For 20 years, the mystery behind what was killing coho salmon in Seattle’s urban creeks seemed unsolvable. Every time it rained, fish would begin swimming in circles, floating belly up just a few hours later. Scientists looked into heavy metals, various chemical contaminants, water temperature and oxygen levels. But none of these things were the problem.
So when toxicologists at Washington State University published research in the journal Science late last year unmasking the culprit, their findings made headlines. It was a chemical no one had heard of before: 6PPD-quinone.
6PPD-quinone is a toxic by-product of N-(1,3-dimethylbutyl)-N′-phenyl-p-phenylenediamine (6PPD), an antioxidant added to car tires to prolong their life. As 6PPD leaches out, it is oxidized into 6PPD-quinone.
When environmental chemist Cassandra Johannessen read the Washington study, she thought of the samples she’d analyzed from Toronto’s Don River and Highland Creek as part of her master’s degree at Trent University. She had been looking for a tire additive called hexamethoxymethyl‑melamine (HMMM) – which is a potential fish toxin and which she did find.
“Then we thought, we already have these water samples. Let’s take a look again and see if we can find 6PPD-quinone,” says Johannessen.
That second look turned up the chemical in both rivers. In fact, in the Don, it was at more than twice the concentrations that killed the Seattle salmon and levels remained elevated for up to 14 hours after rainstorms. Johannessen and her team published their findings in a pair of studies over the summer and fall.
She was working from samples collected by the province during and after rainstorms in 2019 and 2020 and did not look for dead fish in the river at the time of the storms. Still, Johannessen says 6PPD-quinone is likely affecting the Don River and Highland Creek salmon, along with other aquatic wildlife in the area.
While coho and other Pacific salmon are not native to the rivers, they were introduced in the Great Lakes region starting early in the last century for recreational fishing. They were meant to replace the Atlantic salmon which became locally extinct in 1898. (In 2006, Atlantic salmon were reintroduced.)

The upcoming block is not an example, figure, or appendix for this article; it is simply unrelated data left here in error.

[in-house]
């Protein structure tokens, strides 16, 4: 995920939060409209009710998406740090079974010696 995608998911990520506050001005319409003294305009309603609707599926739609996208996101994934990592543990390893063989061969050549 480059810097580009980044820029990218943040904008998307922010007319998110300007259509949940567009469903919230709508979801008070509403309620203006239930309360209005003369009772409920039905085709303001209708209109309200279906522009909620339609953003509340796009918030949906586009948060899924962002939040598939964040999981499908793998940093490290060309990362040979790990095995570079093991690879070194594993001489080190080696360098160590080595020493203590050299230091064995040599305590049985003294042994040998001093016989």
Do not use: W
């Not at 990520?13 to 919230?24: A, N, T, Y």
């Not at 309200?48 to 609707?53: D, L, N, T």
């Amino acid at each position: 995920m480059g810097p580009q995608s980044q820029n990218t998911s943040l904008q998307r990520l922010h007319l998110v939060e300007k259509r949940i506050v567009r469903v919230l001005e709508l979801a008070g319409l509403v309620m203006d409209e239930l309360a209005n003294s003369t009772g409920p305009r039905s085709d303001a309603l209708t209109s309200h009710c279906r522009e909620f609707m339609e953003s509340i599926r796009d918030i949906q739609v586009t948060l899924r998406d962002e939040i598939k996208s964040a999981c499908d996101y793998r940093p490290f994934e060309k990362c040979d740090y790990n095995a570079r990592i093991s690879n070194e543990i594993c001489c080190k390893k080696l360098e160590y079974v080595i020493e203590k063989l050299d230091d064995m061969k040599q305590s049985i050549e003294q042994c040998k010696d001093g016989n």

Shortly after Johannessen published her research, University of Saskatchewan toxicologist Markus Brinkmann showed 6PPD-quinone in samples taken from snow facilities, snowmelt puddles, and about a dozen outfall sites along the South Saskatchewan River.
Brinkmann’s team was surprised to find 6PPD-quinone at levels comparable to what Johannessen had found in Toronto.
“Saskatoon is significantly smaller and has less traffic,” he says. “But maybe it’s because Saskatoon has long dry periods punctuated by big storms – there is time for the compound to accumulate between storms.”
Brinkmann and his team ran toxicology tests on algae and invertebrates and found 6PPD-quinone was not very toxic. They now plan to turn their attention to fish.
Both Brinkmann and Johannessen point out that because playgrounds and some sporting equipment is made from crumbled recycled tires, traffic may not be the only source of 6PPD-quinone.
Governments on both sides of the border are starting to investigate the chemical – earlier this year, the National Contaminants Advisory Group of Fisheries and Oceans Canada announced funding for researchers to study the impact of 6PPD-quinone and other tire by-products on Canadian salmonid populations. DFO wants to know exactly how toxic these chemicals are to other aquatic species.
“The major take away is that this is a new area of research. We have much to learn and we are still scratching the surface,” says Johannessen. “But international studies are beginning to show tire-derived chemicals are ubiquitous in urban water systems.”